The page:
Passing out and feeling weak? The many causes of low blood pressure
Feeling weak, dizzy, tired, or lethargic? You may have low blood pressure, also known as hypotension. Dhara Shah, DO, a cardiologist at Summit Health explains that “low blood pressure occurs when blood flows through your arteries with less force than it should.” A low reading means your blood pressure has fallen below 90/60 mmHg.
Symptoms of low blood pressure
The way low blood pressure presents itself can vary from person to person. If you experience any of the following symptoms walk into your neighborhood CityMD for an evaluation:
- Dizziness or lightheadedness
- Blurred vision
- Feeling extremely thirsty
The good news is that most patients who have chronic hypotension usually are well adapted to their situation and do not have significant symptoms. Since low pressure can lead to fainting or dizziness, one of the main concerns is the risk of falls, particularly in elderly individuals. In a serious, acute situation, unresolved low blood pressure can cause the body to go into shock or cause organ damage.
Causes of low blood pressure
There are many reasons why your blood pressure may be low. Some include:
- Dehydration. When the body does not get enough water, the blood volume decreases.
- Orthostatic hypotension. A drop in blood pressure that occurs upon standing usually after sitting or lying down for a prolonged period.
- Pregnancy. During the first 24 weeks of pregnancy, it’s common for the blood pressure to drop because more blood supply is needed.
- Major blood loss. A decrease in blood volume from trauma, dehydration, or severe internal bleeding will lead to a severe drop in blood pressure.
- Certain medications. Several drugs can cause low blood pressure, including diuretics, beta-blockers, tricyclic antidepressants, erectile dysfunction medications, and more. If you have low blood pressure, make sure all your physicians have a list of your current medications. Over-the-counter drugs may also cause low blood pressure when taken in combination with high blood pressure medications.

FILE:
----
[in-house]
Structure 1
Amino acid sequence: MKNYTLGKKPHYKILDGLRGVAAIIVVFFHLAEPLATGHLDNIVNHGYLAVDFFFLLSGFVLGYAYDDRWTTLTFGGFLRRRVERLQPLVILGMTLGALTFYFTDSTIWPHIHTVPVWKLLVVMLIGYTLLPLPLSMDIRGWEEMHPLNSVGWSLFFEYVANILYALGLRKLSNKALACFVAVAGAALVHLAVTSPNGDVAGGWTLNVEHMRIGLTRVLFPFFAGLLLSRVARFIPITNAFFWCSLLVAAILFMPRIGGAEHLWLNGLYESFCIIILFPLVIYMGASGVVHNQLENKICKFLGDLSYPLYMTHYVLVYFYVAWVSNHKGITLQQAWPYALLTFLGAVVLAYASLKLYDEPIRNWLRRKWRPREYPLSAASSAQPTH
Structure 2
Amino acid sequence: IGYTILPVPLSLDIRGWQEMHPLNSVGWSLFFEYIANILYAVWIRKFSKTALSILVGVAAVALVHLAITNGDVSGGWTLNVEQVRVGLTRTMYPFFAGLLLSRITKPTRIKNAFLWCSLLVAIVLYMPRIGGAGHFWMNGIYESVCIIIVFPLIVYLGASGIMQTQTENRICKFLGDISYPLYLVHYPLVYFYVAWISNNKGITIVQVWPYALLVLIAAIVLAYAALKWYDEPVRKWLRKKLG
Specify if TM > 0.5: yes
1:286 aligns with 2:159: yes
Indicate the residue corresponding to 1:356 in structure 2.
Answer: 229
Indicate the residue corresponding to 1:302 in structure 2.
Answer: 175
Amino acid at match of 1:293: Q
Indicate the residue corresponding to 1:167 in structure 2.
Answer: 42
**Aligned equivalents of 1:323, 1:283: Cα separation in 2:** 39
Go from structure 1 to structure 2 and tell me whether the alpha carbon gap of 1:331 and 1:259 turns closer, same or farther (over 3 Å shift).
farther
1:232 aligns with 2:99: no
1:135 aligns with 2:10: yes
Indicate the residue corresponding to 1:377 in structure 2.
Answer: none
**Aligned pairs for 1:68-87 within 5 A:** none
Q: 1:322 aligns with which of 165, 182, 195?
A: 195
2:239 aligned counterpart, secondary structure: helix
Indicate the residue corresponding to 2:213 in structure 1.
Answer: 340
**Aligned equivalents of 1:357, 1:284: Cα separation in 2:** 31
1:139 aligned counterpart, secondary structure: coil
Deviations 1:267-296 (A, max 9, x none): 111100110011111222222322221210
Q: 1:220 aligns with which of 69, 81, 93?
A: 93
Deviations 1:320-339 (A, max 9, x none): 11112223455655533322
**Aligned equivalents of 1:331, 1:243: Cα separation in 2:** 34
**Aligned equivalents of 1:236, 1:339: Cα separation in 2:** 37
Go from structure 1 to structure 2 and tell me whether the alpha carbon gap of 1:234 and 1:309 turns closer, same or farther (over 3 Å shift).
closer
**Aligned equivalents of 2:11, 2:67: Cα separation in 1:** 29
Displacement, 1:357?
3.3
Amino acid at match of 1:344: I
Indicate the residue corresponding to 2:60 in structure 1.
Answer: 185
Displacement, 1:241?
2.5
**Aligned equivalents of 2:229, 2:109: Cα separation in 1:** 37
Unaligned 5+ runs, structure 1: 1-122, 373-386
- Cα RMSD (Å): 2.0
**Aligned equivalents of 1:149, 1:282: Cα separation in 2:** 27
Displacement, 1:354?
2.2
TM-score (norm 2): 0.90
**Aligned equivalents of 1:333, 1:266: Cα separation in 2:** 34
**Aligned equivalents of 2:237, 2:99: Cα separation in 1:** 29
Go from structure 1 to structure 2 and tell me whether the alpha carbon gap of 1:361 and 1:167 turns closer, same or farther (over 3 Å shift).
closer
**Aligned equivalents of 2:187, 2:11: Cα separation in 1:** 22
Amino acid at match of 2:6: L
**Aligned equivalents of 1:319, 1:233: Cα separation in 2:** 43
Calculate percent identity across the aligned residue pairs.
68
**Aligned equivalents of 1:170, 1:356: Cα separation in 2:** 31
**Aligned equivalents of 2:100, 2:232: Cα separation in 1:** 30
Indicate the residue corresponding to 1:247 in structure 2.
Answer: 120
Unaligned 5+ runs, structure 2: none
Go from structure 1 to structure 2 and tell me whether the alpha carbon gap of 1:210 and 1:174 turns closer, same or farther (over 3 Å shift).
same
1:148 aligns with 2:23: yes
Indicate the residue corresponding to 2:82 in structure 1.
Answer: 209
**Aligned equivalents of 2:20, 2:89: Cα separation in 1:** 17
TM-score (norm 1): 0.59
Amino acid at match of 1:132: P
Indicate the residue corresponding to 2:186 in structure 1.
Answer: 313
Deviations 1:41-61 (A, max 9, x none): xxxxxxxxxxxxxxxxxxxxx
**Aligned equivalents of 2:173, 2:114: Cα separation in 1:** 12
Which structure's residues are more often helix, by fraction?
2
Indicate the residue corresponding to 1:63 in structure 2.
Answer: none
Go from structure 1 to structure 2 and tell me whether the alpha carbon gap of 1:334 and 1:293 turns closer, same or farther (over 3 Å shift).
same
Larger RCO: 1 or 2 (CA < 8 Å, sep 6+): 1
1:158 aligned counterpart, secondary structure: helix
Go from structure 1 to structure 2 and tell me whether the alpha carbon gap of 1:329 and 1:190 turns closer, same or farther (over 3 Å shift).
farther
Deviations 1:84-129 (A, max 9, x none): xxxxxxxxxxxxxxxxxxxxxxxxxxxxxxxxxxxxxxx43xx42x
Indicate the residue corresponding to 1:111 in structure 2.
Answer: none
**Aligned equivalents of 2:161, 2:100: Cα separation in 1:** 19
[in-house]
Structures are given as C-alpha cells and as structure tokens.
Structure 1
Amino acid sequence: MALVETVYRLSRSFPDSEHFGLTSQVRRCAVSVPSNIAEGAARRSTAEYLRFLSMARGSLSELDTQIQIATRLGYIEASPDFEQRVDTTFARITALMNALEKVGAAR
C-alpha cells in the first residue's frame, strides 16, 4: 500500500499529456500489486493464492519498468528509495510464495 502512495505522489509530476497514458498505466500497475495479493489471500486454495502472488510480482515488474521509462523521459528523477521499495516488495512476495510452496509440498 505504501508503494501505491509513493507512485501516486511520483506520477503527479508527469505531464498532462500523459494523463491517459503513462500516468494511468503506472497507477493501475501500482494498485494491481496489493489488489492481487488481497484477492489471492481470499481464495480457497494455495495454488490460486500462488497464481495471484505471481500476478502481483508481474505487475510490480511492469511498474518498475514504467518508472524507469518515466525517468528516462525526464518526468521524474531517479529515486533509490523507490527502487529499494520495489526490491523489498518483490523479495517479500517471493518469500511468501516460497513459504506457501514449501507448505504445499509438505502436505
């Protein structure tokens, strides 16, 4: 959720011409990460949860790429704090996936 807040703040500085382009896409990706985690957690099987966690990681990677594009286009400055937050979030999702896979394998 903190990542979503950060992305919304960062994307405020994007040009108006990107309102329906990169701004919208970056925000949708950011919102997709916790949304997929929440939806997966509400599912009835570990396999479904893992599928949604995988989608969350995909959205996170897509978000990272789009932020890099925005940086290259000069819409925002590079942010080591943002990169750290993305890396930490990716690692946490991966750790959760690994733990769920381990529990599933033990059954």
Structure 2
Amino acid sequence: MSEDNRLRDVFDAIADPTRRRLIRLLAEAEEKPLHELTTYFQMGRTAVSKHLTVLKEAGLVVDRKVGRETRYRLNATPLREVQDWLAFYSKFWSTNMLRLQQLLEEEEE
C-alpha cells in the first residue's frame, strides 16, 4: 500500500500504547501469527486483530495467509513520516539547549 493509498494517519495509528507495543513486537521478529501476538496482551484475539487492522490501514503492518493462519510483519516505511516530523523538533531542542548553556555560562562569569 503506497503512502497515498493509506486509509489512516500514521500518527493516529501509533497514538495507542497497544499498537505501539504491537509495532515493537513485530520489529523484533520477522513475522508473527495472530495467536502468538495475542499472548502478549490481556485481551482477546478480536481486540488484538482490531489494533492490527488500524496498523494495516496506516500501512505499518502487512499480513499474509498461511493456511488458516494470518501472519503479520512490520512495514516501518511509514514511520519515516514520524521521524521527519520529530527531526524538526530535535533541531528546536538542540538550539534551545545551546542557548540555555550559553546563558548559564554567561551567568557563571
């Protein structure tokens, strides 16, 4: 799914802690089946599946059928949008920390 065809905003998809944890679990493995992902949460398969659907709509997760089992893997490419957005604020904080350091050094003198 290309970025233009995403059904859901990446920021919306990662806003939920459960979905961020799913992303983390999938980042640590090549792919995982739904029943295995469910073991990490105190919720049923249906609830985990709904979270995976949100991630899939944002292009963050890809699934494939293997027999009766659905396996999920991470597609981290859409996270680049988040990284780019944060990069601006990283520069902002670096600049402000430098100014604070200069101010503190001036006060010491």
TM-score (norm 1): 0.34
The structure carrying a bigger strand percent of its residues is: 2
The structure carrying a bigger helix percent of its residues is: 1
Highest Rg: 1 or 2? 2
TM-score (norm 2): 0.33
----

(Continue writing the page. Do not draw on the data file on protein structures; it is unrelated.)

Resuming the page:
- Heart problems. Your heart may not be able to circulate enough blood to meet your body’s needs. Conditions that can lead to low blood pressure are an abnormally low heart rate (bradycardia), heart valve problems, heart attack, and heart failure.
- Severe infection (septic shock): Septic shock can occur when bacteria leave the original site of an infection and enter the bloodstream. The bacteria then produce toxins that affect blood vessels, leading to a life-threatening decline in blood pressure.
- Allergic reaction (anaphylaxis): Anaphylactic shock is a sometimes fatal allergic reaction that causes a dramatic drop in blood pressure.
- Endocrine problems. Complications with hormone-producing glands in the body’s endocrine systems can lead to a drop in pressure, specifically, an underactive thyroid (hypothyroidism), parathyroid disease, adrenal insufficiency (Addison’s disease), low blood sugar, and diabetes.
The treatments for hypotension depend on the underlying cause. Options include both lifestyle changes and medical interventions. Individuals with low blood pressure may be advised to:
- Add salt to your diet. Normally people are told to limit salt because it raises your blood pressure. But individuals with low blood pressure can benefit from adding extra salt.
- Wear compression stockings. Often used to treat varicose veins, these supportive stockings help improve blood flow throughout the body.
- Drink more water. Adding fluid increases blood volume and prevents dehydration.
- Take medication. Several options are available. Your cardiologist can help you decide what is right for you.
If you experience a sudden onset of low blood pressure symptoms, visit your closest CityMD urgent care. Our providers can evaluate and treat you right away — and recommend a cardiologist at Summit Health for follow-up treatment if needed.
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